Colorado Prescription Drug Abuse Task Force

2170 S. Par
ker Road, Suite 229

Denver, CO 80231

(303) 369
-
0039
;(
866
)
369
-
0039

15

SECTION B

MANAGEMENT OF ACUTE/
TRAUMA PAIN


Effective management of acute pain associated with traumatic
injuries

has many benefits
for the patient, including
earlier mobilization
, hastene
d recovery, shortened hospital stay,
reduced medical cost and pr
e
vention of chronic pain states. It has been estimated,
however, that of the millions of patients experiencing pain secondary to traumatic
injuries, over half will have inadequately treated p
ain due to unrealistic management
strategies or
under
-
medication
.


Though divisions are somewhat artificial, it is useful to divide pain states into acute,
convalescing, and chronic periods. The acute phase normally lasts for a few days but
depends upon t
he extent and severity of injuries. Tissues are injured and become
inflamed and edematous, and peripheral pain receptors, known as nociceptors, are
activated. Ordinarily, pain is at its worst in this phase and requires the most aggressive,
frequent and i
nvasive treatment to be effective. In convalescence, tissue healing is well
under way as inflammation and edema resolves. Pain gradually lessens, as does the need
for analgesics, and the patient resumes daily activities. Chronic pain may ensue if
healin
g is impaired or if abnormal reflex pathways within nerve pathways develop. This
discussion focuses principally on the acute phase but these principles apply to
convalescence as well; the management of chronic
pain is discussed in Section C
.


The number a
nd
complexity of management strategies available to assist in the treatment
of acute pain are dependent upon the resources available at local health care facilities. A
number of options are listed, roughly in order of their general availability:

1.

Opioids

a
nd other analgesics (acetaminophen, non
-
steroidal anti
-
inflammatory drugs)
and adjunctive medications such as antispasmodics, anticonvulsants, antidepressants,
and benzodiazepines. These medications may be administered orally or parenterally
depending upo
n the severity of pain, the pain phase and health care
resources
.
Opioids will be discussed in greater depth subsequently.


2.

Patient controlled analgesia (PCA): a route of delivery of opioid
analgesics that

has
met with great success. The advantages inclu
de patient involvement in their
treatment and avoidance of excessively high or low serum levels of medication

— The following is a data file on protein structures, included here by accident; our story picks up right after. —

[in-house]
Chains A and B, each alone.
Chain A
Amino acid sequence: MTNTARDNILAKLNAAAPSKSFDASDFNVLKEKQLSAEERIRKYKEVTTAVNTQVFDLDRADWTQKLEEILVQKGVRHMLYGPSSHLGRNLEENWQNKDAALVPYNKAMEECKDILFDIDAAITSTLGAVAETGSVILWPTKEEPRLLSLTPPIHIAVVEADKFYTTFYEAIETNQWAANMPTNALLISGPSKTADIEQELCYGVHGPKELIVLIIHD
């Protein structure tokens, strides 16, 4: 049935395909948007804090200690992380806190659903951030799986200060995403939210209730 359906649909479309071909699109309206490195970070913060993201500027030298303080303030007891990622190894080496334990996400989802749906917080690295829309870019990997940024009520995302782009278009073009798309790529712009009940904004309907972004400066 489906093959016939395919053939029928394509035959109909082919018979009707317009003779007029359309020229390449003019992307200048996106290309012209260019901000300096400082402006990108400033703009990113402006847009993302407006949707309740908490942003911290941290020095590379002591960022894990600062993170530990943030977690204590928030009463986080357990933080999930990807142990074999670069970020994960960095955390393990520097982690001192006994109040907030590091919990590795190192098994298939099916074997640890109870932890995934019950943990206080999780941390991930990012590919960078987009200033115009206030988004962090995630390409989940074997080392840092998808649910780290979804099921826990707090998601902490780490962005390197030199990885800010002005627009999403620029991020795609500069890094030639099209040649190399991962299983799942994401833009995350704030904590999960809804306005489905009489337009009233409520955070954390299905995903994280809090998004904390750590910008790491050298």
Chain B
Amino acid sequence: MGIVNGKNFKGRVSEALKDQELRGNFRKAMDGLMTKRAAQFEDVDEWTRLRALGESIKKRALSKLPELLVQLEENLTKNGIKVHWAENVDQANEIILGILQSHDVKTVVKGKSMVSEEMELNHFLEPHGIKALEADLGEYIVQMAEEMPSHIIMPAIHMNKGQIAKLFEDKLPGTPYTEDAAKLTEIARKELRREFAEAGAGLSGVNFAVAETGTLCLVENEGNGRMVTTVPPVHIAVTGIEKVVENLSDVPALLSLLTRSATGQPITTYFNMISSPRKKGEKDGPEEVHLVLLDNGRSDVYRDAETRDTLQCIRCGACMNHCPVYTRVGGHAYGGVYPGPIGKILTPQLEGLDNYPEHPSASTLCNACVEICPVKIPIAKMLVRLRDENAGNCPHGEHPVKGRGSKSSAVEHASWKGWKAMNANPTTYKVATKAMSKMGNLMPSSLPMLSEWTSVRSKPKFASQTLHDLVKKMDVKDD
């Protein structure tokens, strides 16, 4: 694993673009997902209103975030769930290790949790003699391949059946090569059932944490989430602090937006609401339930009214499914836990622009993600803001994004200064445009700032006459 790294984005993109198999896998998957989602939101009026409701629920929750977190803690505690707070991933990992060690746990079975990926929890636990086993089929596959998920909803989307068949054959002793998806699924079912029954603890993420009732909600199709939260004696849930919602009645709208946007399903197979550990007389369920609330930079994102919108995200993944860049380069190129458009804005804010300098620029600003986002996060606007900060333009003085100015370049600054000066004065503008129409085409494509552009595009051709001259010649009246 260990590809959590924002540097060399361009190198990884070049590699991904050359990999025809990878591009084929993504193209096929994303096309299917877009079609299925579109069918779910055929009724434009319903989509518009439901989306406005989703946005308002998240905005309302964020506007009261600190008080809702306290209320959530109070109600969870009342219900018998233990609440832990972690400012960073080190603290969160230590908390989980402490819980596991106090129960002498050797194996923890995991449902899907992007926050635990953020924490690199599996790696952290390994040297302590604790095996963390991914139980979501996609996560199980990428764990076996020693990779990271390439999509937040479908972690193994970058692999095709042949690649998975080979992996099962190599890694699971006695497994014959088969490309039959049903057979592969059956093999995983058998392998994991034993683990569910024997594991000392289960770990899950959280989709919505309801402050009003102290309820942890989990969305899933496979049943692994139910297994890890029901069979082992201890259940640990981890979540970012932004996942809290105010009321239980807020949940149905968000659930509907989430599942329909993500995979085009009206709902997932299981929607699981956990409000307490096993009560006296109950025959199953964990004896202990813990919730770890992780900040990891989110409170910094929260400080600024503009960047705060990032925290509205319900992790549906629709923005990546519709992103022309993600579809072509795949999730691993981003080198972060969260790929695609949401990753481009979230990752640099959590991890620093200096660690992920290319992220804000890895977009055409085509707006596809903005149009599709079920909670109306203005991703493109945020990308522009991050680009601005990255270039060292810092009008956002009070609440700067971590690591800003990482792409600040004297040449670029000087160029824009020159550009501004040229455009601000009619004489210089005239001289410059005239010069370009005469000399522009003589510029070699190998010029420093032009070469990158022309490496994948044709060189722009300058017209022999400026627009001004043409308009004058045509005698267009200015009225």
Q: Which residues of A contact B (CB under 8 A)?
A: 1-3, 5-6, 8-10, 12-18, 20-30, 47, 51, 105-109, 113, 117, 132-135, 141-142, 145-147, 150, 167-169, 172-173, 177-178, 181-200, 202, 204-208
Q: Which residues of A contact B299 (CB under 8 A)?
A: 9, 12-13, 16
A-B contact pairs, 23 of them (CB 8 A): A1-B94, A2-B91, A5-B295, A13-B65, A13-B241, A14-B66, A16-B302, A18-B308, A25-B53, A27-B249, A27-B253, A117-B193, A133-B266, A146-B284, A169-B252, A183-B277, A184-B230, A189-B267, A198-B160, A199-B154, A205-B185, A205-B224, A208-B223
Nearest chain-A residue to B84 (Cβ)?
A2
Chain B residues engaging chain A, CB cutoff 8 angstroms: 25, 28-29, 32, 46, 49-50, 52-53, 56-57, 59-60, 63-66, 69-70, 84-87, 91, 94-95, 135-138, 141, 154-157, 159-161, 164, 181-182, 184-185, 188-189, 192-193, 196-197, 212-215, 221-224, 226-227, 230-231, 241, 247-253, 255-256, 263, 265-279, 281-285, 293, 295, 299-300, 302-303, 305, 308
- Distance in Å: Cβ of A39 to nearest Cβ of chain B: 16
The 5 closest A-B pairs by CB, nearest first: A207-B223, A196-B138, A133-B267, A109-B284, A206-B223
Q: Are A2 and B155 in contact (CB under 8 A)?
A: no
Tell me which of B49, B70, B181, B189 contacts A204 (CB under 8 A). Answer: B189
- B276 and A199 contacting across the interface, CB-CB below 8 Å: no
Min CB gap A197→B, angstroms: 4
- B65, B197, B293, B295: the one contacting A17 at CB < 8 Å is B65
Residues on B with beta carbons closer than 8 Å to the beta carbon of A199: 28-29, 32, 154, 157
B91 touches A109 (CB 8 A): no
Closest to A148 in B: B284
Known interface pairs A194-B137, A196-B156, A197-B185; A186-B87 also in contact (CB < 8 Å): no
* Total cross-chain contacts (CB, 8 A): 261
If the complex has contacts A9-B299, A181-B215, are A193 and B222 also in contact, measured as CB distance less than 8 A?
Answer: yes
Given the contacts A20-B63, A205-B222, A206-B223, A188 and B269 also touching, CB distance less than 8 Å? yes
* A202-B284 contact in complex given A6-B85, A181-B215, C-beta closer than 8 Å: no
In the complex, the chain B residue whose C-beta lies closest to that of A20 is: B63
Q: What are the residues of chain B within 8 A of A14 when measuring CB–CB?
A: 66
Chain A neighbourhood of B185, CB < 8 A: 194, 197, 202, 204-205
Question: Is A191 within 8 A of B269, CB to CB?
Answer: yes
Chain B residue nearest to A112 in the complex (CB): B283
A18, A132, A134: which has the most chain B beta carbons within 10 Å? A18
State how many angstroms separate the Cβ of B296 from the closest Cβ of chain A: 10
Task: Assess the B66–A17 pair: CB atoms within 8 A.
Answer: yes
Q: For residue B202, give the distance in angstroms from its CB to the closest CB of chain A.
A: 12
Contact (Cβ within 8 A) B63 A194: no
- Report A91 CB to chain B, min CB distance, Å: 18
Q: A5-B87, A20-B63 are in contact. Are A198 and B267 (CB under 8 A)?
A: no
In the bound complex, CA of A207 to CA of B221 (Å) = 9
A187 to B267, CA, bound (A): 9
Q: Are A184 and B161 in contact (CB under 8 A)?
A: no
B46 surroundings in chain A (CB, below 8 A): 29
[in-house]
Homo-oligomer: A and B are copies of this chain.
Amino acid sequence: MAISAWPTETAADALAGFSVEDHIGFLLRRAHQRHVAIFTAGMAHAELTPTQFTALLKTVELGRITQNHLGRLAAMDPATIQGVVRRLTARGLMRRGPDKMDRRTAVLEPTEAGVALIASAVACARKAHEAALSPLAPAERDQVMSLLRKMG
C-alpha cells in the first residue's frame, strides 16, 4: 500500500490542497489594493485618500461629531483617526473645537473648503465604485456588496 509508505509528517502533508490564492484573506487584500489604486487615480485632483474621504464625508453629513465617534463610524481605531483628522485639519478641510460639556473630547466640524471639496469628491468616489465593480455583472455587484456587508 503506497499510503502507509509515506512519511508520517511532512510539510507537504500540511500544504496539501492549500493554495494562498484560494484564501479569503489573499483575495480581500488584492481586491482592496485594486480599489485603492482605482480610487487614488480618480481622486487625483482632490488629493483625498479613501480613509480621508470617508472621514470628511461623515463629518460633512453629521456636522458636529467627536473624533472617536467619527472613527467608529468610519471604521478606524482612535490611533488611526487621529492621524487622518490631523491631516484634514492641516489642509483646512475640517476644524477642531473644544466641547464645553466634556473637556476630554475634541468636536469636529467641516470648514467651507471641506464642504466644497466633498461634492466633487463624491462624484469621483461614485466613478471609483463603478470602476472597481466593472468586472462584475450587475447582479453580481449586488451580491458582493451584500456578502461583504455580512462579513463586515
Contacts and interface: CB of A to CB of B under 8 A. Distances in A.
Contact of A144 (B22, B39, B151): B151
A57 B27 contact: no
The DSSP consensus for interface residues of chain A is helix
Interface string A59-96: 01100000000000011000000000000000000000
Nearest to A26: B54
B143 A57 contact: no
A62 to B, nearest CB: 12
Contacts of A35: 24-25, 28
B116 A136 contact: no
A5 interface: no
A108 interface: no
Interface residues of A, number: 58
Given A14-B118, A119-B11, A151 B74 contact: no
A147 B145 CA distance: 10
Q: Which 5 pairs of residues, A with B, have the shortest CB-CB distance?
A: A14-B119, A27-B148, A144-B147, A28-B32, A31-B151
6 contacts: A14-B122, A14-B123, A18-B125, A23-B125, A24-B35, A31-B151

(avoiding oversedation or under
-
medication of pain); the overall doses of analgesics
tend to be lower with greater patient satisfaction.


3.

Epidural

administration of
opioids

and local
anesthetics:

highly

invasive and
extremely effective. This technique requires involvement of anesthesiologists or
nurse anesthetists and an increased level of monitoring. The degree

of pain relief is
excellent, overse
dation is avoided and the patient can be mobilized. Disadvantages
include the level of nursing care required and side effects, including pruritus, nausea
and vomiting, urinary retention, hypotension, respiratory depression, local anesthetic
toxicity, etc.

16


4.

Neural blockage
-
nerve blocks: extremely effective in reli
e
ving pain, but requires a
good working knowledge of anatomy and relatively frequent redosing. Another
disadvantage is the inability to monitor nerve function once the nerve is blocked.


5.

Pain trea
tment:
4



Morphine is best for bone pain
.



Morphine plus Versed is a good combination for pain control.



Benzodiazepines & n
arcotics work well synergistically.


(Benzodiazepines enhance pain relieving quality of the narcotics by relieving

apprehension s
o that narcotics work more effectively.)


6.

Physical therapy:



A
pplication of hot or cold



E
levation



S
trengthening and range of motion exercises



O
utpatient exercise



T
herapeutic massage


7.

Cognitive
-
behavioral

interventions:



C
ounseling



R
elaxation



D
istraction



I
mag
ery



B
iofeedback



T
herapeutic massage


Opioid analgesics are the cornerstone of management of moderate to severe acute pain.
Available in a great range of potency, a preparation is available to address pain of all
severity. It is incumbent upon the pract
it
i
o
n
er to be familiar with a number of available
preparations to address all contingencies. In particular, the duration of action of the
medications must be understood to avoid over or under
-
medicating the patient. Used in
the short
-
term, some tolerance d
evelops but rarely does physical dependence or addiction
occur. The estimated incidence of addiction is approximately 0.01%.
5

Quite to the
contrary, under
-
medicating the patient out of unfounded concerns for physical
dependence may actually lengthen reco
very if the patient remains bedridden and inactive
secondary to inadequately
treated

pain. Patients with previous or current substance abuse
issues are more complicated to manage, but should never be denied adequate a
n
algesia.
(See Section D, page 34
.)